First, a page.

Poll: Attachment to one’s language community is equally important to French- and English-speaking Quebecers, but important differences persist in their respective attachments to Canada and Quebec

Results from a survey done by Léger Marketing for the Quebec Community Groups Network and the Association for Canadian Studies reveal that attachment to one’s language community is equally important to Quebec’s English and French speakers.

Beyond that, differences persist in the degree to which French and English speakers are attached to Quebec relative to Canada.

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Hanes: QCGN conference reveals game plan for opposing Bill 96

Quebec anglophones have always walked a tightrope when it comes to asserting our rights.

This is the conundrum Quebec’s English-speaking community is up against in what may be the fight of our lives — even after 50 long years of language wars.

The two bills — Bill 96 and Bill C-32 — were the subjects of a virtual conference Tuesday titled Our Place in Quebec and Canada. Organized by the Quebec Community Groups Network, the main umbrella group representing anglophones in the province, the event revealed the game plan for opposing Bill 96, which was introduced in May but won’t be the subject of consultations until fall.

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What will new language bills mean for English-speaking Quebecers? Advocacy groups aims to find out

An English-rights advocacy group is looking into what Quebec’s Bill 96 and Ottawa’s Bill C-32 will mean for the province’s English-speaking community.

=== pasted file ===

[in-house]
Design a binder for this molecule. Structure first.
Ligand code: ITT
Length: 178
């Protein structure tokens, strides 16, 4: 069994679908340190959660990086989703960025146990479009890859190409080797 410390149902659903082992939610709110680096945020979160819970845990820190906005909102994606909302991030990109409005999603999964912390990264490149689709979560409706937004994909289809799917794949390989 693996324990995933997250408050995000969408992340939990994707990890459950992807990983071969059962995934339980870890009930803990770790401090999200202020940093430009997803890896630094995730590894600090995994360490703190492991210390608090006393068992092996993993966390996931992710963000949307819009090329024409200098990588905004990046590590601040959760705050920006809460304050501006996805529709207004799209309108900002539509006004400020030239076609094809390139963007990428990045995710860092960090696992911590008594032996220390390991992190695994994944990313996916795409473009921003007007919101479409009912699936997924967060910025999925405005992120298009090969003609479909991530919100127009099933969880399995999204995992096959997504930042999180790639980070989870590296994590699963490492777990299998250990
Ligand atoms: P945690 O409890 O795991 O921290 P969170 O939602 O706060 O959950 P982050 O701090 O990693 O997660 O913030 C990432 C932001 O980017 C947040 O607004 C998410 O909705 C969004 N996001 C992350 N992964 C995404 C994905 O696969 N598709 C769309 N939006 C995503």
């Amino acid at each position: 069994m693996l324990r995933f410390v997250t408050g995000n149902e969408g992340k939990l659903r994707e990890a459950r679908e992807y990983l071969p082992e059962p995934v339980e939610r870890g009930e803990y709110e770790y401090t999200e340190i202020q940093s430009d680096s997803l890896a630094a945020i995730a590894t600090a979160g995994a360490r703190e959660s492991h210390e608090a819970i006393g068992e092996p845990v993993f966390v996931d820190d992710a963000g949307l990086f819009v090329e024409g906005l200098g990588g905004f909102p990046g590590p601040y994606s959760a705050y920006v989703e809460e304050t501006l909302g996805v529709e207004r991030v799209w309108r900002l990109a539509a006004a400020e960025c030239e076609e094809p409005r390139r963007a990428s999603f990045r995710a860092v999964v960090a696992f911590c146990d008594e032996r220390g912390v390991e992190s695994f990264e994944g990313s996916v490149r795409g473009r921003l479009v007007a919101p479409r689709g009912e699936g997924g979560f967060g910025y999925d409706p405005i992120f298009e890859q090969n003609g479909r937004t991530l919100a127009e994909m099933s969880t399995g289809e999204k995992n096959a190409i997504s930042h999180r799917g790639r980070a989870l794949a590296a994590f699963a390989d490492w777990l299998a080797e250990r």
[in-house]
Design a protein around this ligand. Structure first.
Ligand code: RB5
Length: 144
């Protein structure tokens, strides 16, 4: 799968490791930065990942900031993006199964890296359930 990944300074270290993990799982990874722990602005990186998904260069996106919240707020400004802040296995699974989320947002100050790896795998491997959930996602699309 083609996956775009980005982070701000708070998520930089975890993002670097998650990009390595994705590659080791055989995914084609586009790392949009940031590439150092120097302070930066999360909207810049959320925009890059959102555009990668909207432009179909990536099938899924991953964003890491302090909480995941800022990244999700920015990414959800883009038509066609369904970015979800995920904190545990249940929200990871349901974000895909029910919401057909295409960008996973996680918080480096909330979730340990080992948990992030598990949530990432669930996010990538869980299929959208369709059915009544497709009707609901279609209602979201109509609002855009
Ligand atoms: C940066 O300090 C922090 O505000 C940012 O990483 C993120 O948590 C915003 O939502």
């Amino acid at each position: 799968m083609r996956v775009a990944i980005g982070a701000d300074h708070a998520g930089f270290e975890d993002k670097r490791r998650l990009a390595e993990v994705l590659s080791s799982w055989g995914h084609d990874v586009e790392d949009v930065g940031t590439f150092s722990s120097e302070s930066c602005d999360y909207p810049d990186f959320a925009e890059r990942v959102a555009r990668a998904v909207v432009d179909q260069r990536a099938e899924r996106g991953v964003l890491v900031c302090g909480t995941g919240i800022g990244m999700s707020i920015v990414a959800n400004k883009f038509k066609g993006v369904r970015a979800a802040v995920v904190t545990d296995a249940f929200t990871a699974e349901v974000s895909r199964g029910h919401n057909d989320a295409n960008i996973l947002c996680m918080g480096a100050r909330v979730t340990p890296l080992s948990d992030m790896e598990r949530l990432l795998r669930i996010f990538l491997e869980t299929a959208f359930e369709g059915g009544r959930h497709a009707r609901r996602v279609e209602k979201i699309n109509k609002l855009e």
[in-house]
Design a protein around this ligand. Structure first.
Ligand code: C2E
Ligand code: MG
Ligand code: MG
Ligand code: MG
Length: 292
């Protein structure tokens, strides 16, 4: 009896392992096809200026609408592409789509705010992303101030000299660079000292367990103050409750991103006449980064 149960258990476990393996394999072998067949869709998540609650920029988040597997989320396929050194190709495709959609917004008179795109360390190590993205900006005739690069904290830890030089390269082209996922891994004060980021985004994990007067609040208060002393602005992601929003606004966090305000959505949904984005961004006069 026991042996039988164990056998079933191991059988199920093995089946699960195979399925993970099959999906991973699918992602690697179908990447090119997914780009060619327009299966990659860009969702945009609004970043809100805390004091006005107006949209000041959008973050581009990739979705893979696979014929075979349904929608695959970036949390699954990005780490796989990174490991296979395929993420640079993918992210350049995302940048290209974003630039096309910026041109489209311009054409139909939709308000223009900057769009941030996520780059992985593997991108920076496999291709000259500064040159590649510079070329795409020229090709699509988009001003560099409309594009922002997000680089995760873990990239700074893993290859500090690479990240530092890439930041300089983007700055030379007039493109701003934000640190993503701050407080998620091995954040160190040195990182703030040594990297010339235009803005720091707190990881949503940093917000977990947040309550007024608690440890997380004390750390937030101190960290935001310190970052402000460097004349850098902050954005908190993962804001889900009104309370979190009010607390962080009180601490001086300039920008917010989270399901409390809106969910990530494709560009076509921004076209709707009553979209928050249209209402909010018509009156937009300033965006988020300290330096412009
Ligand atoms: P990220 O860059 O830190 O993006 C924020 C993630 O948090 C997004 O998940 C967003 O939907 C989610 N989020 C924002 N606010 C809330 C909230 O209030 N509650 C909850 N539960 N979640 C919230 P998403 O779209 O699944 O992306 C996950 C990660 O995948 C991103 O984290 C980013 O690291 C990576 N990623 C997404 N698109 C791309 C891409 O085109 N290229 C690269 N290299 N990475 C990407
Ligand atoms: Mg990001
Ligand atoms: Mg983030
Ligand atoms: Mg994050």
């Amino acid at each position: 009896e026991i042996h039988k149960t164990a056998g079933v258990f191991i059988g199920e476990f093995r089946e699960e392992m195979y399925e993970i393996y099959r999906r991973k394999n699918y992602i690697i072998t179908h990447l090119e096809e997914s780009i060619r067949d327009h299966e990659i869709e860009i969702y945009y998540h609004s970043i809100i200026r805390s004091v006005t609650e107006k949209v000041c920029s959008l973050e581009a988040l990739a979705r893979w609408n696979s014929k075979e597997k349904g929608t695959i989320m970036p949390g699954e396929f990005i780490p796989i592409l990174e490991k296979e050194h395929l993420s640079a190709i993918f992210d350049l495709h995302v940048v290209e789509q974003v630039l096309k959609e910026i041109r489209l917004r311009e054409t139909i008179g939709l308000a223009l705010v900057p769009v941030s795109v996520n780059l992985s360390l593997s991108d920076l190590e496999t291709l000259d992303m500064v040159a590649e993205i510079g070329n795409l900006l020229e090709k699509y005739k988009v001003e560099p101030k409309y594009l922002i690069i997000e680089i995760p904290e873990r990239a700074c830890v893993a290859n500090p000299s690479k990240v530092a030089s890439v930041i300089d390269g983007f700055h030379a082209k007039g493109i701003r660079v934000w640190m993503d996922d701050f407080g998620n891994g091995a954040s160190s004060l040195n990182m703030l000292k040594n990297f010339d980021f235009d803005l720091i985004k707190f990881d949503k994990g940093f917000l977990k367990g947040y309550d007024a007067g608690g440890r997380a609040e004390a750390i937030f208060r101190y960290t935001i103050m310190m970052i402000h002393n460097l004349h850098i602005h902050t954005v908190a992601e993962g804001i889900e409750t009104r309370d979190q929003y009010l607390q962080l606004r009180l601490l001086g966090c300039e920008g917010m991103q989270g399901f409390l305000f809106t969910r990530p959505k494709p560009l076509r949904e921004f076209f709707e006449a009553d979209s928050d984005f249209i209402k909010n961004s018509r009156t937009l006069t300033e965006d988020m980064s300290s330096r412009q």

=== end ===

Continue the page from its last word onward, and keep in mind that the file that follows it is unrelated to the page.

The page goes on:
The Quebec Community Groups Network hosted a conference Tuesday morning with participants from both Ottawa and Quebec taking part.

Federal Official Languages Minister Melanie Joly defended Bill C-32, which includes the strengthening of the Official Languages Act.

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Les Anglo-Québécois entendent lutter contre la loi 96

It is with the rhetoric and strategy of a beleaguered minority that Quebec’s English-speaking community intends to fight the CAQ government’s Bill 96, which it considers to be an infringement of its rights in several respects.

Under the umbrella of the Quebec Community Groups Network, some 150 people attended a conference on the subject on Monday evening and Tuesday morning. On Tuesday, federal Minister responsible for Official Languages Mélanie Joly and Parliamentary Assistant to Premier François Legault for relations with English-speaking Quebecers Christopher Skeete gave speeches, and participants heard preliminary survey results and panel discussions on the subject.

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Official Languages Act reform draws mixed reviews

Earlier this week the Government of Canada introduced its proposed update of the Official Languages Act, Bill C-32. If passed, the bill will result in the first changes made to the act since 1988, but in the days since its introduction, the proposed legislation has already drawn criticism from a number of groups including the Quebec Community Groups Network and its member organization, Townshippers’ Association.

Bill C-32 was introduced on Tuesday by Melanie Joly, Canada’s Minister of Economic Development and Official Languages as a clear demonstration of the Federal Government’s commitment to five specific language communities: French speakers outside Quebec, English speakers inside Quebec, French speakers in Quebec, English speakers outside Quebec, and Indigenous language communities.